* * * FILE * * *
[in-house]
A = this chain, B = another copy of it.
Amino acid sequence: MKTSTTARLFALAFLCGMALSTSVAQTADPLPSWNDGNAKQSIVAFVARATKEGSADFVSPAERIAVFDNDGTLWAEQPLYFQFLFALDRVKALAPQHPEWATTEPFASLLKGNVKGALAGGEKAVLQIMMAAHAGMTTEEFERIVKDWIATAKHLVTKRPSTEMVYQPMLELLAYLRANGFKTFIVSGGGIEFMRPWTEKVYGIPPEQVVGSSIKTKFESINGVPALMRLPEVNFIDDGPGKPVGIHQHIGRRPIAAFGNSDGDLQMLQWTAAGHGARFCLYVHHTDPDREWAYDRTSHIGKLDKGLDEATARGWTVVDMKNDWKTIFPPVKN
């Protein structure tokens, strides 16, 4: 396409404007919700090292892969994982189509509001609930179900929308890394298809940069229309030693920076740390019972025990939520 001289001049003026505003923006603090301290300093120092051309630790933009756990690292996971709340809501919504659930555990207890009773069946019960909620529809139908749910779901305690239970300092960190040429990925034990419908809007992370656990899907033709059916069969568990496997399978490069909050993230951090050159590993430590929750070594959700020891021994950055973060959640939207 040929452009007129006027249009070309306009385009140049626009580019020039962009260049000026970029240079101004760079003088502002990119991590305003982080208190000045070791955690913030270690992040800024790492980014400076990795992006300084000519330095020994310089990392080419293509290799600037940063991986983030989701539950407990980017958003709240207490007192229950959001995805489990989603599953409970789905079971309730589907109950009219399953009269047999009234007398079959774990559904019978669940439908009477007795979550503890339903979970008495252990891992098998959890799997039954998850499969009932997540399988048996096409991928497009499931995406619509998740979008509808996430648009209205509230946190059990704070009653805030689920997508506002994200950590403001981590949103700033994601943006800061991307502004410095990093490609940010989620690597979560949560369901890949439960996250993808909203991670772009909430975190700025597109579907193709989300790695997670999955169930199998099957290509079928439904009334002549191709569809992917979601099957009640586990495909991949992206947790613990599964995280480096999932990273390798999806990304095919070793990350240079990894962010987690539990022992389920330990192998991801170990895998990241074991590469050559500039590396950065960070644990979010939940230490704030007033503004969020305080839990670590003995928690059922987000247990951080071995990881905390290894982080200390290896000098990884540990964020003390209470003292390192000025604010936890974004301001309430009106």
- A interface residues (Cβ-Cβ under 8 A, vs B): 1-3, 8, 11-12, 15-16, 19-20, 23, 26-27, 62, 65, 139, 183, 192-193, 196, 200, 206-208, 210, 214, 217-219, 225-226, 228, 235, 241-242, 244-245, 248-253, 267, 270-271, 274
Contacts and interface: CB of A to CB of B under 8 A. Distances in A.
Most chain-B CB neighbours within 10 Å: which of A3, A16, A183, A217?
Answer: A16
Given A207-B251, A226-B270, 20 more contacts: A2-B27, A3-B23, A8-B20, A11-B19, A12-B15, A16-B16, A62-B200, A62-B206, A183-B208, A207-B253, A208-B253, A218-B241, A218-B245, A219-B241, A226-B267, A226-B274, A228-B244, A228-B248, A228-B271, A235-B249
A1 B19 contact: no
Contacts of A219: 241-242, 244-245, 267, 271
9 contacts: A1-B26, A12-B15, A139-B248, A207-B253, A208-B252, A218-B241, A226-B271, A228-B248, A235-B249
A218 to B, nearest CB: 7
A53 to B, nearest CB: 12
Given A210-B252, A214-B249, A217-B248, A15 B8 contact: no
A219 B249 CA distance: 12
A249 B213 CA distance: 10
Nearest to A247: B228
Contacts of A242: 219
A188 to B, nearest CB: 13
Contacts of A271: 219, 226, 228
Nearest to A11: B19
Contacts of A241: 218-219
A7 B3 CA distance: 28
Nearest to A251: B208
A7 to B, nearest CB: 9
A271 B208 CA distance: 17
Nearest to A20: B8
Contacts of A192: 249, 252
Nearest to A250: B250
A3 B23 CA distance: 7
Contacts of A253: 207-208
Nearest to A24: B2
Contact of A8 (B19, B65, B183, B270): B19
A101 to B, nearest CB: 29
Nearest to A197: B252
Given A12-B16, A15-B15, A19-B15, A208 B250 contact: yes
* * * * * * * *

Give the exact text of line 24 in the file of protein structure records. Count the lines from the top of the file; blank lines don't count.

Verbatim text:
A7 B3 CA distance: 28